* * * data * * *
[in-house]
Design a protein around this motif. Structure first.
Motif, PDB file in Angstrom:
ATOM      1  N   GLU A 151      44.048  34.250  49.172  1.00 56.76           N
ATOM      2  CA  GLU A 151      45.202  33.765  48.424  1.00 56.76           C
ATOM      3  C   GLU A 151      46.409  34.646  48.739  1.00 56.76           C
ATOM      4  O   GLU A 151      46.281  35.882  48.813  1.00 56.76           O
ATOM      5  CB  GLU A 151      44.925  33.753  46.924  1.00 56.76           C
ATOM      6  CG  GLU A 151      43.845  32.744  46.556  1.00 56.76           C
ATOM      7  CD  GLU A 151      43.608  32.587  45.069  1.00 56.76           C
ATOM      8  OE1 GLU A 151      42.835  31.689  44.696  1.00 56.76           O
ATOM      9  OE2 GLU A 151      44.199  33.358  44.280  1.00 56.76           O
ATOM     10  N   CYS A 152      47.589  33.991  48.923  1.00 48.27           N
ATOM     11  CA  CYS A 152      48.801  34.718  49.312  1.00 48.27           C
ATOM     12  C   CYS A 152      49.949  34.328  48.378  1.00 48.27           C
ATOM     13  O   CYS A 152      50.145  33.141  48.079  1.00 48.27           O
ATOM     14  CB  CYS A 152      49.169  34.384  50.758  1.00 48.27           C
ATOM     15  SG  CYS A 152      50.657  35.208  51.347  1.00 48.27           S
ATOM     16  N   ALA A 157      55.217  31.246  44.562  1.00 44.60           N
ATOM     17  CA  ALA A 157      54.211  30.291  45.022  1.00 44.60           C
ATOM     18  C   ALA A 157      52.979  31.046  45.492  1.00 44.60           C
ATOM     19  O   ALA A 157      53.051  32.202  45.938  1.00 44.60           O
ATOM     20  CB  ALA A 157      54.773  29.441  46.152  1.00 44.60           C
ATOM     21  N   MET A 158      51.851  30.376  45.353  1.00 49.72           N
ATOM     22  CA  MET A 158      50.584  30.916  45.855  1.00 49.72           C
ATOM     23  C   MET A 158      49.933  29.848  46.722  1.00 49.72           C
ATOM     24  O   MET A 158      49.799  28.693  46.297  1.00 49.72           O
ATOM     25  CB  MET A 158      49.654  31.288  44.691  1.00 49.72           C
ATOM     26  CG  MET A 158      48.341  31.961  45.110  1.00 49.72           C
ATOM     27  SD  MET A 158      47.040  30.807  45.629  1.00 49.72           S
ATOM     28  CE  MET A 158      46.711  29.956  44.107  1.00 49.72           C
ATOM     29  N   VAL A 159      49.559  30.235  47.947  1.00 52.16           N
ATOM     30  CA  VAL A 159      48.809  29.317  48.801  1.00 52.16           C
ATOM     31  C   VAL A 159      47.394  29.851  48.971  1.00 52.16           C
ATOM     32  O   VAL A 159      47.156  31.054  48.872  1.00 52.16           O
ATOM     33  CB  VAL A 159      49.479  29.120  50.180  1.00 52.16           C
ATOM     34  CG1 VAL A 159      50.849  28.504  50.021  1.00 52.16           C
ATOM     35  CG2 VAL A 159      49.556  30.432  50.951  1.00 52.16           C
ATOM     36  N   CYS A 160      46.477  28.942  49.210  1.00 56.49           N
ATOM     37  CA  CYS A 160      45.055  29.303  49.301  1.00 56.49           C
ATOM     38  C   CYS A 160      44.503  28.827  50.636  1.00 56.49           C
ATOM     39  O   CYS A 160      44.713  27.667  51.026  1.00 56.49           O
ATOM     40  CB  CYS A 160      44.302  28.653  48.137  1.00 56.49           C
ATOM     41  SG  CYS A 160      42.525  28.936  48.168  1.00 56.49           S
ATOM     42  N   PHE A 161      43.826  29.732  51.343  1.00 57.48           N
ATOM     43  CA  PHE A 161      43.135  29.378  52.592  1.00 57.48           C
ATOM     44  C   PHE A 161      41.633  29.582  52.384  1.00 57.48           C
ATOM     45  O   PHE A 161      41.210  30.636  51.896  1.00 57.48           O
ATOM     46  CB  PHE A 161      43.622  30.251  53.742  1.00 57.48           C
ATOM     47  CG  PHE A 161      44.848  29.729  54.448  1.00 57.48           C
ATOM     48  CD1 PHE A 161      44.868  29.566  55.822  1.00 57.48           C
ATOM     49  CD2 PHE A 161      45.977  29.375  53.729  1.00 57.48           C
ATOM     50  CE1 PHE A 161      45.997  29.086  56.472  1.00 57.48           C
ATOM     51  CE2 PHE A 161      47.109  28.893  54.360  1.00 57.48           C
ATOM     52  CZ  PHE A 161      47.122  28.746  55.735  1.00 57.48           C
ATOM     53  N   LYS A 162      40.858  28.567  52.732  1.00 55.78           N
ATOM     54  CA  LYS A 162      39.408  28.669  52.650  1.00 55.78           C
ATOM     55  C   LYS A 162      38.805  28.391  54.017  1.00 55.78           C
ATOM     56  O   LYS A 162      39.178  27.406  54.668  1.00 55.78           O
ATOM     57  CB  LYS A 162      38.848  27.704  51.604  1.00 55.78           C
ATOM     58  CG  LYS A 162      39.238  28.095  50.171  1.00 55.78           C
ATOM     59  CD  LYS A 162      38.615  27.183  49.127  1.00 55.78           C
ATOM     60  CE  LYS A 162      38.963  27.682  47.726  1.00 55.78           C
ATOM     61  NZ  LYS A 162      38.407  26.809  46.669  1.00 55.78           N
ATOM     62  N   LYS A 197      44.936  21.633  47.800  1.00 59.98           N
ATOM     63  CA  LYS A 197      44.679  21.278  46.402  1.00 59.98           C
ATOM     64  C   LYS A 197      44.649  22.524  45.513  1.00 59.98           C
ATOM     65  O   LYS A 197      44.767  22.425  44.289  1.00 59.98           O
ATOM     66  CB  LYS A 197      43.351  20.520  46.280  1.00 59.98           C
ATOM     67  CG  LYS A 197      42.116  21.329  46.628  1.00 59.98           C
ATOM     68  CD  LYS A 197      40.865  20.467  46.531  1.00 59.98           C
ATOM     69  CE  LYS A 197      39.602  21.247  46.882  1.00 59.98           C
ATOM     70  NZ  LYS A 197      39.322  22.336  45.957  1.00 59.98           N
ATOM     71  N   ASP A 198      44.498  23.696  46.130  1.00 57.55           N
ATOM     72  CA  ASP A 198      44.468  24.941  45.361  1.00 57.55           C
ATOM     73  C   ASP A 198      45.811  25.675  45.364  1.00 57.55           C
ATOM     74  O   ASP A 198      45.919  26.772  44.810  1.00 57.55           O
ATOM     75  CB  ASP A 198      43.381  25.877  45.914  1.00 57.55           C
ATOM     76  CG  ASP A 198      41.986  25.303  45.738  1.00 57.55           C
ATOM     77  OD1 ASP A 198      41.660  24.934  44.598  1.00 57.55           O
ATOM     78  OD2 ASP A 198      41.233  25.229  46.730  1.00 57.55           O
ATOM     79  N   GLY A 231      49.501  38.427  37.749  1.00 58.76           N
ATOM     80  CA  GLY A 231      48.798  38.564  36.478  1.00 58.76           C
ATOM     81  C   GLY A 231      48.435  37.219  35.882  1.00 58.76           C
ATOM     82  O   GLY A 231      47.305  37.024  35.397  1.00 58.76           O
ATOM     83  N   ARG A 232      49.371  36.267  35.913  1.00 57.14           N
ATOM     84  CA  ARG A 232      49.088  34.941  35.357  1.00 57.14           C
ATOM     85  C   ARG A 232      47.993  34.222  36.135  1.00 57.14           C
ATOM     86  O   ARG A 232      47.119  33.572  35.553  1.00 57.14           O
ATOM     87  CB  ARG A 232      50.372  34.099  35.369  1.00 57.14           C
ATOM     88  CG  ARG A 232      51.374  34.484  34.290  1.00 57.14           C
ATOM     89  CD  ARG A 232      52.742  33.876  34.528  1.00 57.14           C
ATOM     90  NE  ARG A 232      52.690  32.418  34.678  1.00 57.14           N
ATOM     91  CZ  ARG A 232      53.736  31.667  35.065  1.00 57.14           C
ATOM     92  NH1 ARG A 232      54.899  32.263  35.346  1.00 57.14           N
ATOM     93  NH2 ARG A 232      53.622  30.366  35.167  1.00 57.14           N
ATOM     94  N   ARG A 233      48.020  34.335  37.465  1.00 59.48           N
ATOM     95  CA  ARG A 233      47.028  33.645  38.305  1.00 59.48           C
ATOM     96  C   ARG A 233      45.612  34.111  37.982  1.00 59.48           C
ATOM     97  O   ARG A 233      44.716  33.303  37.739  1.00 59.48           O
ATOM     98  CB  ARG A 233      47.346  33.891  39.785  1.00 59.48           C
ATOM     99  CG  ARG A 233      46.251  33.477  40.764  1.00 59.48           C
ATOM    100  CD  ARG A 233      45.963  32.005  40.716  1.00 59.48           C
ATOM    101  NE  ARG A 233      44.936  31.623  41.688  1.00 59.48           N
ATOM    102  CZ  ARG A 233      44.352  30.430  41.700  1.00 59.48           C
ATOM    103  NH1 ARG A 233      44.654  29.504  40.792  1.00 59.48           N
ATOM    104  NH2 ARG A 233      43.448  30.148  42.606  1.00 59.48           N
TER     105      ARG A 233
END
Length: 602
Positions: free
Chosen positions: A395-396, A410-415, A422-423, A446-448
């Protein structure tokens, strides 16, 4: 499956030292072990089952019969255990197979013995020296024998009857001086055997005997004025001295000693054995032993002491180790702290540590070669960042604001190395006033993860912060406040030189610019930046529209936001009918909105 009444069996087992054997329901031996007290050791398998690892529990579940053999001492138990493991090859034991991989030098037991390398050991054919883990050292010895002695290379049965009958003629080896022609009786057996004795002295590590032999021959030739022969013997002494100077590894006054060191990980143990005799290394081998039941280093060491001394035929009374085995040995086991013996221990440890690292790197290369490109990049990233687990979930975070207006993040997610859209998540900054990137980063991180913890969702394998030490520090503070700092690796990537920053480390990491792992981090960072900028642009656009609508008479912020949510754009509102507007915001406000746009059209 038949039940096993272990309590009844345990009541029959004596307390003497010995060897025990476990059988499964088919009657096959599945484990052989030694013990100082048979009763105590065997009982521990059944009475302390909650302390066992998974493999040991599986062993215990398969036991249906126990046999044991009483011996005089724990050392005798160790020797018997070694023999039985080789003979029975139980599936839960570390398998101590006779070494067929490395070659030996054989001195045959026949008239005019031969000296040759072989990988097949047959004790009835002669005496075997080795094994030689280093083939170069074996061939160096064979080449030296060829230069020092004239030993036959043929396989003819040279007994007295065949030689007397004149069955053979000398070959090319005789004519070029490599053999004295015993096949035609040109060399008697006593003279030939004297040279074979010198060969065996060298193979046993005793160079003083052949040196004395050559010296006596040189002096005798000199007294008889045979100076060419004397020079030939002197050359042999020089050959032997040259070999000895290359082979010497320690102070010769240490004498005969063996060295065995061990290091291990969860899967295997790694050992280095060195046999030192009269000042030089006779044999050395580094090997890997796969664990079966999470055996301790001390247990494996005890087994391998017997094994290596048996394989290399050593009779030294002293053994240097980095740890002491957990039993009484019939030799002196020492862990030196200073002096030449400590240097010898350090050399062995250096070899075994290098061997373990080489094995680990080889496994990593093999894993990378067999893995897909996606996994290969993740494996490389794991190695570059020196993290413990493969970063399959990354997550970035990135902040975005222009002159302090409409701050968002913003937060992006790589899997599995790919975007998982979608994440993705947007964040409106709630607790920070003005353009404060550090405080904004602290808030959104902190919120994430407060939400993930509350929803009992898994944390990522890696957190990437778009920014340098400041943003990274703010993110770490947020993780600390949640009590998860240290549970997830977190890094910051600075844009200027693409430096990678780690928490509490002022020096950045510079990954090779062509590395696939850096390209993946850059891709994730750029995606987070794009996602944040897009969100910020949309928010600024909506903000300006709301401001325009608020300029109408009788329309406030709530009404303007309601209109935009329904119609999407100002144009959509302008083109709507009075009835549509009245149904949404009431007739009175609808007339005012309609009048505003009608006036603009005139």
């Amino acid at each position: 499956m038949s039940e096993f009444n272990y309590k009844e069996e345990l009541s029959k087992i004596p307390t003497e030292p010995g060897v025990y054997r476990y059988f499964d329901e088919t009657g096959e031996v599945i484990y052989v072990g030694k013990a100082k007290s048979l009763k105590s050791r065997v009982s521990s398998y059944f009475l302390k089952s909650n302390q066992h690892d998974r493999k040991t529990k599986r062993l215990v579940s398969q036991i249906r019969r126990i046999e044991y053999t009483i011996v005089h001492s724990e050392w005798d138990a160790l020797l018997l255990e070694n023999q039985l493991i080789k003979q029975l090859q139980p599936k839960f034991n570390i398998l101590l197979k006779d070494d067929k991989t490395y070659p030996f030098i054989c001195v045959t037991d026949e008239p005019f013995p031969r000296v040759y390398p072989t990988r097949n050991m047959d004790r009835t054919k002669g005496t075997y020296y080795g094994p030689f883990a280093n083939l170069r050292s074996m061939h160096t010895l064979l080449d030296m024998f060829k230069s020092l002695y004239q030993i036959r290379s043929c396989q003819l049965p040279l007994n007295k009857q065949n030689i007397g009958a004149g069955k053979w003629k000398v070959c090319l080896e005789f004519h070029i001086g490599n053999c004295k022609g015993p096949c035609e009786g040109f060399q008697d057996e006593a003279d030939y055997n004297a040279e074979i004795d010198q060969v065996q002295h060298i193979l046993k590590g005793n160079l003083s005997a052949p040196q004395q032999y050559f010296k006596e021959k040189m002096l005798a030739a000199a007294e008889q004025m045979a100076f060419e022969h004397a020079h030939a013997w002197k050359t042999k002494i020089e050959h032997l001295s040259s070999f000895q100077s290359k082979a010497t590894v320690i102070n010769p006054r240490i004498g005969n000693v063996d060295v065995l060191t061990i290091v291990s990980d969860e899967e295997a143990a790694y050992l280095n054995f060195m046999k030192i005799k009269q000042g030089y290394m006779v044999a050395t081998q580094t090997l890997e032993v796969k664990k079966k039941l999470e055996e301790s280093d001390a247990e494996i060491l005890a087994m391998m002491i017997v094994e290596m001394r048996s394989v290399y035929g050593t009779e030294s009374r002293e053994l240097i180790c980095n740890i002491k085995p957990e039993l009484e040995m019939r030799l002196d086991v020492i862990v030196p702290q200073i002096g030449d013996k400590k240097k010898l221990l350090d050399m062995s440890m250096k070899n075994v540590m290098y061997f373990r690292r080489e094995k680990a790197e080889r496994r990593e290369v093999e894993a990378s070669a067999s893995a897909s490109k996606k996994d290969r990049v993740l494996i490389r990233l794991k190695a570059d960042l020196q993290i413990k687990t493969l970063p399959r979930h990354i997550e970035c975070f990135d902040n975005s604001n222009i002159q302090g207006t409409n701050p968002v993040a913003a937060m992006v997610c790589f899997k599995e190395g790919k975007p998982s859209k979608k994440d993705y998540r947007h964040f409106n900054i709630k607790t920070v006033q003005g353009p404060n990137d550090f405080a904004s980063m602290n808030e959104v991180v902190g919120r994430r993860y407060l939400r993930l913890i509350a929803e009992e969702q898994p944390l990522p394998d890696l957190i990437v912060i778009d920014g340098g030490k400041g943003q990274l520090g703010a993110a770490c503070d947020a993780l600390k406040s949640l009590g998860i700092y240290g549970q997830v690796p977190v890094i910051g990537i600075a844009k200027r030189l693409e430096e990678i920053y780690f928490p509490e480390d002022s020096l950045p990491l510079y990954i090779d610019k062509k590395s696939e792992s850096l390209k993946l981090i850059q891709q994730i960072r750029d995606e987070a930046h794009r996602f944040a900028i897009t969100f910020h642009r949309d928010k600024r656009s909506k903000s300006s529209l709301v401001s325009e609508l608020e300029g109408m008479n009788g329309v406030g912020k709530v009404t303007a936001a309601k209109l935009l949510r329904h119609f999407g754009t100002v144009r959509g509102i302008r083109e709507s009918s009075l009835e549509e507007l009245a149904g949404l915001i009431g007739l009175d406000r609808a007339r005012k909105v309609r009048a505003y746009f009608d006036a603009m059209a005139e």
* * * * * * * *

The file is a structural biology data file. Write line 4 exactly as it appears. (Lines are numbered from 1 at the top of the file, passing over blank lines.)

ATOM      1  N   GLU A 151      44.048  34.250  49.172  1.00 56.76           N